Seeking Disconfirming Evidence in Investing Research

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Grahamites
Aug 16, 2015
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“And one of the great things to learn from Darwin is the value of extreme objectivity. He tried to disconfirm his ideas as soon as he got ’em. He quickly put down in his notebook anything that disconfirmed a much-loved idea. He especially sought out such things. Well, if you keep doing that over time, you get to be a perfectly marvelous thinker instead of one more klutz repeatedly demonstrating first-conclusion bias”

--

Charlie Munger (Trades, Portfolio)

Of all the mental models imparted by

Charlie Munger (Trades, Portfolio), seeking disconfirming evidence is probably one of the hardest ones to implement due to human ego. Our tendency to justify away disconfirming evidence and to simply deny the existence of disconfirming evidence is strong, which makes actively seeking disconfirming evidence almost against human nature. After being humbled many times, I’ve finally come to appreciate the extreme importance of disconfirming evidence.

Theoretically, implementing the disconfirming evidence mental model doesn’t sound that hard. All you need to do is to find evidences that don’t support a thesis. I’ve found out that seeking disconfirming evidences for the stocks invested by gurus listed on this forum is a very helpful exercise in terms of practicing your ability to think critically and find disconfirming evidence. For instance, when I was watching a video regarding

Kyle Bass (Trades, Portfolio)’s investment in General Motors, I came across the following comments from Bass:

“GM is worth $28 billion in enterprise value. They will do $16 billion in EBTDA value next year. They will do $6 billion in free cash flow. It is much leaner, with capacity utilization is in the 90s. Every metric you look at GM is doing great except the recall issue, which will be behind them in the next few months.”

Let’s start looking for evidence against the $6 billion free cash flow. All you need to do is a little bit of calculation yourself. In 2014, GM generated $10.1 billion GAAP operating cash flow, which included $1.6 billion recall-related cash payments. There is also $1.0 billion restructuring-related cash outlay. However, every year there is restructuring charge, which makes it recurring theme at GM. Therefore, I would consider it a normal part of business. Excluding recall-related cash payments only, GM generated $11.7 billion operating cash flow. GM has also hinted that no voluntary contribution to pension in the next few years. For 2014, GM contributed $1.3 billion cash. If we exclude this pension contribution from normal cash flow, GM’s adjusted operating cash flow comes up to $13 billion. Management has guided $9 billion capex in 2015. Simple subtraction shows that GM’s FCF is $4 billion, instead of $6 billion Mr. Bass claimed.

The fact that Mr. Bass’ numbers are vivid and available makes it very easy to accept them as they were presented by Mr. Bass. Conversely, because the information you need to calculate GM’s real free cash flow is not easily available, it is evidently harder for us to actually perform the calculation in order to validate Mr. Bass’ number. But $4 billion and $6 billion is a huge difference.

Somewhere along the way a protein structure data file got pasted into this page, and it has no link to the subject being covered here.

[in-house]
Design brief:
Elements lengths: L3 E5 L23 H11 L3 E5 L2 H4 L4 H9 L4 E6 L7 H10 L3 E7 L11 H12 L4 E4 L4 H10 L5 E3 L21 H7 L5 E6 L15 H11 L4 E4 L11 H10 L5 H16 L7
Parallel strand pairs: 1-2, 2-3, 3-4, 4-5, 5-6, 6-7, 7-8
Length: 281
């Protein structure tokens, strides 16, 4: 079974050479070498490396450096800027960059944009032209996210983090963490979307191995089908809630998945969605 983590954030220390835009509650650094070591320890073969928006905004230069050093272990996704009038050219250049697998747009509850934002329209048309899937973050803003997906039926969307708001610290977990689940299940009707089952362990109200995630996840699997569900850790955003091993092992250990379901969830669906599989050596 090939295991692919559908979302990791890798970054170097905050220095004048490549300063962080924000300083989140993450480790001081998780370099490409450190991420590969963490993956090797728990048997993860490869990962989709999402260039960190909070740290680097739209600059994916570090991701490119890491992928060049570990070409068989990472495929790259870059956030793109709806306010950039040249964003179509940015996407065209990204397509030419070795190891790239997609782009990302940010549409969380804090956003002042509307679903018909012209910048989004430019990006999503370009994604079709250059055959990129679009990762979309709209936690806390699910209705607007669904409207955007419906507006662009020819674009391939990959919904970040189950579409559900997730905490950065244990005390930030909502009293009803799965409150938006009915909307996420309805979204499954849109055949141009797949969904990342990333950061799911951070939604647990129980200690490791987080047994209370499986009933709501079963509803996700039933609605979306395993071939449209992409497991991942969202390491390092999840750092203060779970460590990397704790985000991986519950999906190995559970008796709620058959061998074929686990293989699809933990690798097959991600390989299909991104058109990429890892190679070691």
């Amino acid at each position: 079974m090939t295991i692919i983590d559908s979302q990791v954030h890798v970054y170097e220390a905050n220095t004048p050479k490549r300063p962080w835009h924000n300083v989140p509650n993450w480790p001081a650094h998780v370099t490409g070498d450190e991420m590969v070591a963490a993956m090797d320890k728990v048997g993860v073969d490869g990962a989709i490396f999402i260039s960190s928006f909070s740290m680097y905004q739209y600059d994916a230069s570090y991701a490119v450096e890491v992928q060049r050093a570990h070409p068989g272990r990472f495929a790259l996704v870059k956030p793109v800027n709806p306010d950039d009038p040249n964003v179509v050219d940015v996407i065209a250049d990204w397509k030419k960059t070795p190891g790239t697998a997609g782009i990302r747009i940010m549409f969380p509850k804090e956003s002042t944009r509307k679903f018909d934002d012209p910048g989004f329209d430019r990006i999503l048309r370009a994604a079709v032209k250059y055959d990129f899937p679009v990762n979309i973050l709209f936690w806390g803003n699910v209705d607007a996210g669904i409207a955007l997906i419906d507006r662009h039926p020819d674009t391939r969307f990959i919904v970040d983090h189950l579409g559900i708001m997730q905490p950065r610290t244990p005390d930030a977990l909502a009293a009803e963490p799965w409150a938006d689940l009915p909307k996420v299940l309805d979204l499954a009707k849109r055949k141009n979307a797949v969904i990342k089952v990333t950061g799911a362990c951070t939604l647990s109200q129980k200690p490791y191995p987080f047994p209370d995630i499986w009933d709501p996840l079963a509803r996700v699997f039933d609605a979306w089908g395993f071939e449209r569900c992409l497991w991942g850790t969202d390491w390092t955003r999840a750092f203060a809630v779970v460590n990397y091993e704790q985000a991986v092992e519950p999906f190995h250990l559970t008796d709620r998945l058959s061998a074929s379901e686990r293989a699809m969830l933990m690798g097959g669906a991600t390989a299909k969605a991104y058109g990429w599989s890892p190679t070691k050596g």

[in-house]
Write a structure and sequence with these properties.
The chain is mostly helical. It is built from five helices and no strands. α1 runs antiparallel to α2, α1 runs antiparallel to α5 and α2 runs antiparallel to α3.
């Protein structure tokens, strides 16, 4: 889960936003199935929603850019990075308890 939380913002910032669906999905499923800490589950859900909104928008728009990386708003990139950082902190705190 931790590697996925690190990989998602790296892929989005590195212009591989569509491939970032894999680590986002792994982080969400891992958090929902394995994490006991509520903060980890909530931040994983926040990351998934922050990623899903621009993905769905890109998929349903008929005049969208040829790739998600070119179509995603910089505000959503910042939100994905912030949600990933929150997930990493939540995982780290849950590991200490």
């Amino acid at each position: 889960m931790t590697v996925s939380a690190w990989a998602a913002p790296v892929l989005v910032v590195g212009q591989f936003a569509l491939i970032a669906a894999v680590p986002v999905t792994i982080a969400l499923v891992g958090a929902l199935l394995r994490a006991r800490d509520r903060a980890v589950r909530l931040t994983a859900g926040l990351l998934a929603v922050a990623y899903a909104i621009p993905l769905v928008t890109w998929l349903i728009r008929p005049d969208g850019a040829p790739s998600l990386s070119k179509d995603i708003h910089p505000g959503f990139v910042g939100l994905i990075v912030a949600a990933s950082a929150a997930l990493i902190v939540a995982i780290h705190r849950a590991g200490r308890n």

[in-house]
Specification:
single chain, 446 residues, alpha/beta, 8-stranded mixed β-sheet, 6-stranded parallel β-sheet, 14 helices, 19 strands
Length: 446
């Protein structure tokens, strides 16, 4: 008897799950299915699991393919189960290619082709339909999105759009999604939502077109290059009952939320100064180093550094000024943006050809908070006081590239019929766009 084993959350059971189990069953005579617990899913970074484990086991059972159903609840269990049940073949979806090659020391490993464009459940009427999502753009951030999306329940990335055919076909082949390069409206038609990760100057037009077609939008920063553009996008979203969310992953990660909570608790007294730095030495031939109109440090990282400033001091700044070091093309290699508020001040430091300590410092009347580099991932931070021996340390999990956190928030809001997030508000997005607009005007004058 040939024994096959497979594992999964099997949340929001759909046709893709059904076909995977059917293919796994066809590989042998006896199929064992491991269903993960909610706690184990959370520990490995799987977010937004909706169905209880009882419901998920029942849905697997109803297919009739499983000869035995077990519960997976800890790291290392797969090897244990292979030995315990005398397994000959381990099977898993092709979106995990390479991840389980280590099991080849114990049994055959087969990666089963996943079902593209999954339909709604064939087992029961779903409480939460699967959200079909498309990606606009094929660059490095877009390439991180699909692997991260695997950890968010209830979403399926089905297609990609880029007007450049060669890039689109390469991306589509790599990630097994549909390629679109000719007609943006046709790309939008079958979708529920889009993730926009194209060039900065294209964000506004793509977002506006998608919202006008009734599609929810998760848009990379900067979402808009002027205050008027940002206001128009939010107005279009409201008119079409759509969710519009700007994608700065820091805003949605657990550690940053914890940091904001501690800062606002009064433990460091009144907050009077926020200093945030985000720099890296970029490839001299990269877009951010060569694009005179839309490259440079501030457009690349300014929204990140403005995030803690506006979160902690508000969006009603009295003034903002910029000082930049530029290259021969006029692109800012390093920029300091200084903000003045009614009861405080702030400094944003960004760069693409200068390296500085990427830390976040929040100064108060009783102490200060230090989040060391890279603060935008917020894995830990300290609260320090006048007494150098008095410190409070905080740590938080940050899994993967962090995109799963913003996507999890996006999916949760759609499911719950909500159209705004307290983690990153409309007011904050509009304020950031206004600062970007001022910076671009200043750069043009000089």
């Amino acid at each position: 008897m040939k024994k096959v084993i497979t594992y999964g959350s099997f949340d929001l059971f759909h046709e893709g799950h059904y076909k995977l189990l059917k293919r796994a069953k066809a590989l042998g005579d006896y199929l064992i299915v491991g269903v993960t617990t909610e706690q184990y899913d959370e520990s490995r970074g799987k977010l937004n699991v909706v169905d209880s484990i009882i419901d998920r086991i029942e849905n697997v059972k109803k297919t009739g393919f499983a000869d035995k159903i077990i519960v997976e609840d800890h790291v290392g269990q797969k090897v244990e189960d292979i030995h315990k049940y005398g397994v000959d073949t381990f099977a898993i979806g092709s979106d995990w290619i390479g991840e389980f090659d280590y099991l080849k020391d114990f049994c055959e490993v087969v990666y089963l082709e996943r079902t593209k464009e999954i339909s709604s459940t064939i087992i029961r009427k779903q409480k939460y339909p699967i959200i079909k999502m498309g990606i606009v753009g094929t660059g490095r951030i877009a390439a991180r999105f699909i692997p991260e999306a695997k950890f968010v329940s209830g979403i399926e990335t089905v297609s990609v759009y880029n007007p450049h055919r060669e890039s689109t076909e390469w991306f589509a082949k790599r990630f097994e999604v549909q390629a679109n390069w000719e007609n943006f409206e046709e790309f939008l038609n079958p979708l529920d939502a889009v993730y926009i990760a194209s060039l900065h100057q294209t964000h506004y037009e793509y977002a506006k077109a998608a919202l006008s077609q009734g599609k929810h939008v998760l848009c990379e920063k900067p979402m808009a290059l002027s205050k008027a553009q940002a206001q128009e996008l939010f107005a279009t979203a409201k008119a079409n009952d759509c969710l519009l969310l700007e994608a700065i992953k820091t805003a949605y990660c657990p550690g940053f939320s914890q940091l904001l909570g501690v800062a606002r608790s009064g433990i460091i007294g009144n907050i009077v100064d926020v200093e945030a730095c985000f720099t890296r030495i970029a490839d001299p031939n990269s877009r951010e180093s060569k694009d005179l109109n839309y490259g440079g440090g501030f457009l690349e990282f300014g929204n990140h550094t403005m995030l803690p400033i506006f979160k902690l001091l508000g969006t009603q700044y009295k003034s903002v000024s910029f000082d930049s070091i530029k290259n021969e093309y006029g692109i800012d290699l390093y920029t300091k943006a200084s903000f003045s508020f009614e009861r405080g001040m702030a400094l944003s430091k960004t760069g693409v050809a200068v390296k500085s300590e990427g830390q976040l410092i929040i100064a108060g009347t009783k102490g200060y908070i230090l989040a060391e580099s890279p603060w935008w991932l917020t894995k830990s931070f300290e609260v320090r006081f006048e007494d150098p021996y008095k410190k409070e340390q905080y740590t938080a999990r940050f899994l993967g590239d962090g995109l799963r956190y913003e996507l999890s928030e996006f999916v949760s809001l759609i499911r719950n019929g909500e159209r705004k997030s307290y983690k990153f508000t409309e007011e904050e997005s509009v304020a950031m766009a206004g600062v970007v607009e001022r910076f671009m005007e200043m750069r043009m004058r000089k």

Many other renowned investors cited the massive return of capital from management team as a key thesis to invest in GM. Well, one day Mr. Buffett was asked about GM. While he did not directly disapprove the share buyback pressured by activist investors, he hinted that he did not think it was a good idea for GM’s management team to return huge amount of capital to shareholders given the nature of the business. This should raise a red flag if you are also making the case for GM based on the return of capital plan.

Once you’ve gone through this exercise a few times with someone else’s investment thesis, it’s time to use that detective skills on your own investment ideas. Or better yet, if you have trustworthy and highly intelligent friends in the investment field, you may give them some incentive so they can come up with disconfirming evidences against the main investment drivers of the companies you plan to invest in. I have personally found this very helpful.

Keep in mind that the goal is not to seek disconfirming evidence for everything. You only need to seek disconfirming evidences for the most important things – the main drivers of your thesis – the factors that actually move the needle. For instance, last year I wrote an article (link) on a premium Chinese spirit brand Kweichow Moutai (CN-600519). I sent out my thesis to a few friends. One of the disconfirming evidences I got was the capex level. Even though it was a good point, it was not material to the thesis. On the other hand, another disconfirming evidence I got was the declining pricing power and gross margin, which I took much more seriously than the capex issue.

I’m going to end this article with another great quote from

Charlie Munger (Trades, Portfolio):

"We all are learning, modifying, or destroying ideas all the time. Rapid destruction of your ideas when the time is right is one of the most valuable qualities you can acquire. You must force yourself to consider arguments on the other side."

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